Most Legacy & Dos programs will not work in Win7, except 32 bit version -- I have one Win7 64 bit machine configured with Virtrual PC 2007 running XP Pro which works well (as well an occasional fling with Linux, and a virtual copy of WinME which I keep handy because it has a copy of the Oxford Dictionary on it)-- but cannot use VPC 2007 on Win8 -- have tried Virtual Box to do the same -- works for the most part on 8, but have been unable to get access to my network with Virtual Box -- internet, yes. Network, no. (Not an issue with VPC 2007 in Win7). Hyper-V, as I understand it, only works with Win 8 Server editions, so that includes me out.)
So I have returned 3 different new Win8 machines that did not work out for me, despite the time spent of modifying the crappy interface and configuring for my idiosyncratic preferences.
Right now I am experimenting with Win 7 32 bit as a possible solution to the risks involved in continuing with XP, but frankly I cannot afford to upgrade all my computers to Win7, and so plan to continue with XP in the foreseeable future. If the future can be said to be foreseeable.
vitrbjorn — 2013-08-28T19:14:03-04:00 — #15
Yes, I run XP on three out of five computers, I have DeepFreeze installed on all of them and if something nasty happens, I just reboot the computer and the problem is gone. I also run Sandboxie and Avast on my Vista system and I have Wolfe Linux installed on my main system. These all connect through two software firewalls; ZoneAlarm, and two hardware firewalls, one in the router and one in the modem. Microsoft can keep w8, I do not need my desktop to look like a phone.
ppiklapp — 2013-08-28T21:35:38-04:00 — #16
Just remember that that interface is why the majority of Windows sales are now Windows 7, which just surpassed Windows XP. So if you enjoy it, welcome to the minority. By forcing the issue, Microsoft is just driving everyone to other solutions: Mac, Linux, etc.
When M$ decides it wants sales, they will drop the idea that people should adapt to them and adapt to what people want.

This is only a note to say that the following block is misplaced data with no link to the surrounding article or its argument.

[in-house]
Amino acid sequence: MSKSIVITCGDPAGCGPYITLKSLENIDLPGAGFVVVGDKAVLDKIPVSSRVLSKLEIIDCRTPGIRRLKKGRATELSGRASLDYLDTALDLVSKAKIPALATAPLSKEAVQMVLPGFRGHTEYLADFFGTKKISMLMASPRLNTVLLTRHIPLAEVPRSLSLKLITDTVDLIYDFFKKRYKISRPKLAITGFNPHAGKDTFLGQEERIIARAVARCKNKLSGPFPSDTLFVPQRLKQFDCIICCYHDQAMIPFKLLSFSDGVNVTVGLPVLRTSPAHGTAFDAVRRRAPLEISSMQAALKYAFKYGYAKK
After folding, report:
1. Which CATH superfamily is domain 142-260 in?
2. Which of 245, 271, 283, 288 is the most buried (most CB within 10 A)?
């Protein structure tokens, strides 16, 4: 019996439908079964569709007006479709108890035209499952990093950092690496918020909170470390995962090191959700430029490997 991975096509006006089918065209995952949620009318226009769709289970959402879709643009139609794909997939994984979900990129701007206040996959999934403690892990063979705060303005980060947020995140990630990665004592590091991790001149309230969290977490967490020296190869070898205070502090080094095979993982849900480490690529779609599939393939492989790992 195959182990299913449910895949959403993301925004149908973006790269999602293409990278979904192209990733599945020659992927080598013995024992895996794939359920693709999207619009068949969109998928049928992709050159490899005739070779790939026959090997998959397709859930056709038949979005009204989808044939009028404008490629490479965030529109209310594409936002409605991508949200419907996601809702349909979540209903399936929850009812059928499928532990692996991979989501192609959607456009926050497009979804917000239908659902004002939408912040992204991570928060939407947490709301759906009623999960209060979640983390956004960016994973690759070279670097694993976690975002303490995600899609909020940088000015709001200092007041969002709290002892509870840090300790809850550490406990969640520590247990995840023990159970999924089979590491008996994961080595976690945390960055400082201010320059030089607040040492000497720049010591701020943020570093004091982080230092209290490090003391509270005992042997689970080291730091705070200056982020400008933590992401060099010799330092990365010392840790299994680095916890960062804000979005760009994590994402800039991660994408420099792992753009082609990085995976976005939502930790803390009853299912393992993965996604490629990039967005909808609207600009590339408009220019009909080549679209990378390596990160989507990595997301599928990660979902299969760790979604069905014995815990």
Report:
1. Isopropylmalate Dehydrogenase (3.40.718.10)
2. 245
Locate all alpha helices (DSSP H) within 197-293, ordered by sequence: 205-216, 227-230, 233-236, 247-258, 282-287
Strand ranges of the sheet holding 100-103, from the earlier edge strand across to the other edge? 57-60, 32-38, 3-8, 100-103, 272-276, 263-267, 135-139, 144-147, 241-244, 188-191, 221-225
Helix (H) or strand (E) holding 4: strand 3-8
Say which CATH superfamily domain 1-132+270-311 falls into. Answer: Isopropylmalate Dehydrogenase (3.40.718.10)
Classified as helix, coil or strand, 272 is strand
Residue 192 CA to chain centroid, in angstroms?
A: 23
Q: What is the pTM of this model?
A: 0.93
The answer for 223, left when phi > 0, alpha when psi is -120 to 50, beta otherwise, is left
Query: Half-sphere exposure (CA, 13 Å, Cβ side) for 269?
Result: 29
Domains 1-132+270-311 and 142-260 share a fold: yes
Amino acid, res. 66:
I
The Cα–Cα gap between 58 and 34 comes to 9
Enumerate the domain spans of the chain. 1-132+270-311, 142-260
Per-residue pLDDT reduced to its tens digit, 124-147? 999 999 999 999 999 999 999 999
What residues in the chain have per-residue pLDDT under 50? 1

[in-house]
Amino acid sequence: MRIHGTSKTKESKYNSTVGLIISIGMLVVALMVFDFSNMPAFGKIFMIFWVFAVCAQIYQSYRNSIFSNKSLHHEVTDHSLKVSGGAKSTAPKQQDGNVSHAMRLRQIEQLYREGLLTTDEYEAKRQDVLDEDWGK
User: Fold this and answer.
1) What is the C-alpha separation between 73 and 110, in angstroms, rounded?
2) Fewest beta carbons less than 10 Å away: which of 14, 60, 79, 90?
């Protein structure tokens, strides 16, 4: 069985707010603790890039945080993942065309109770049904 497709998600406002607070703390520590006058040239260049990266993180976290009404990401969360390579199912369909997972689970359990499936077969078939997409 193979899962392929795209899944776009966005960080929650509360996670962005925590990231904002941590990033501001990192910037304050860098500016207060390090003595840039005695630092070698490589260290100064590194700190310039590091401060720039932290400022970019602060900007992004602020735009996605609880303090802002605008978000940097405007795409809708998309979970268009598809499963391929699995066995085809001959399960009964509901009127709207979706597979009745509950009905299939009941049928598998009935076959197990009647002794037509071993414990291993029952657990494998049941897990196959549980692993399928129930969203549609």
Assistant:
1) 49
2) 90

robynsveil — 2013-08-29T08:31:08-04:00 — #17
I run Linux Mint as my main OS, and run XP in VirtualBox for work I need to do on my VBA (Excel) applications in Office 2000... which runs best in its native environment. VirtualBox doesn't work for everything - for example: editShare's Lightworks Pro and smith-Micro's Poser Pro 2014 only seem to run well in Win 7 bare metal - so on my desktop I do the dual-boot thing, but on my laptop, I only rarely boot to Win7, almost exclusively running Mint only.
I can say overall my experience with Linux has been a good one, but it does help to educate oneself. I think a Linux-based "Internet Appliance" is possible -- indeed, I've got a laptop set-up as such -- but no question one does need to study a wee bit. There is a TON of help out there, of course.
michaeltunnell — 2013-08-29T13:16:38-04:00 — #18
Actually it is better than that...I do need connection for my VM to sync files back and forth to my Linux but I have the VM limited to LAN only so it can share files with the network but it can't get out to the internet.
michaeltunnell — 2013-08-29T13:19:18-04:00 — #19
the interface is awkward, it turns people away, it forces people to buy a 3rd party start menu if they don't like the tiling interface which by the way...most don't. If you like it then that is good for you but you are certainly not in the majority.
I use Linux...not because of W8 (wait) but because of Windows in general. I jumped the sinking ship of Windows years ago and it was the best computing decision I ever made.
michaeltunnell — 2013-08-29T13:29:10-04:00 — #20
Is there some reason you can't use LibreOffice instead of Excell? I don't know what VBA is referring to so hence my asking the previous question.
As far as MV performance yes there certainly is a hit when compared to bare metal but that depends on the kind of metal. For example, if you have a Bonobo Extreme laptop from System76 ( https://www.system76.com/laptops/model/bonx7 ) then you could run multiple VMs and never notice any lag...that thing is a BEAST! If you have an average or subpar laptop then that could certainly be a problem.
Regarding Lightworks, Lightworks is creating a Linux version...yes they have already starting porting it to Linux. http://www.lwks.com/betas-linux -- however, it is far from stable right now and for me I use Kdenlive for video editing. OpenShot is another really good app for editing and the newest version will be even better which should be released in December.
Poser is a totally different beast....I don't even know of any alternatives even remotely to the quality of Poser. Though I haven't messed with Poser since Poser Pro 4 so it is probably evern more intense.
I am glad you first tried Linux with Linux Mint as that is the best version for Windows jumpers so I'm sure you will find many more things you enjoy about Linux.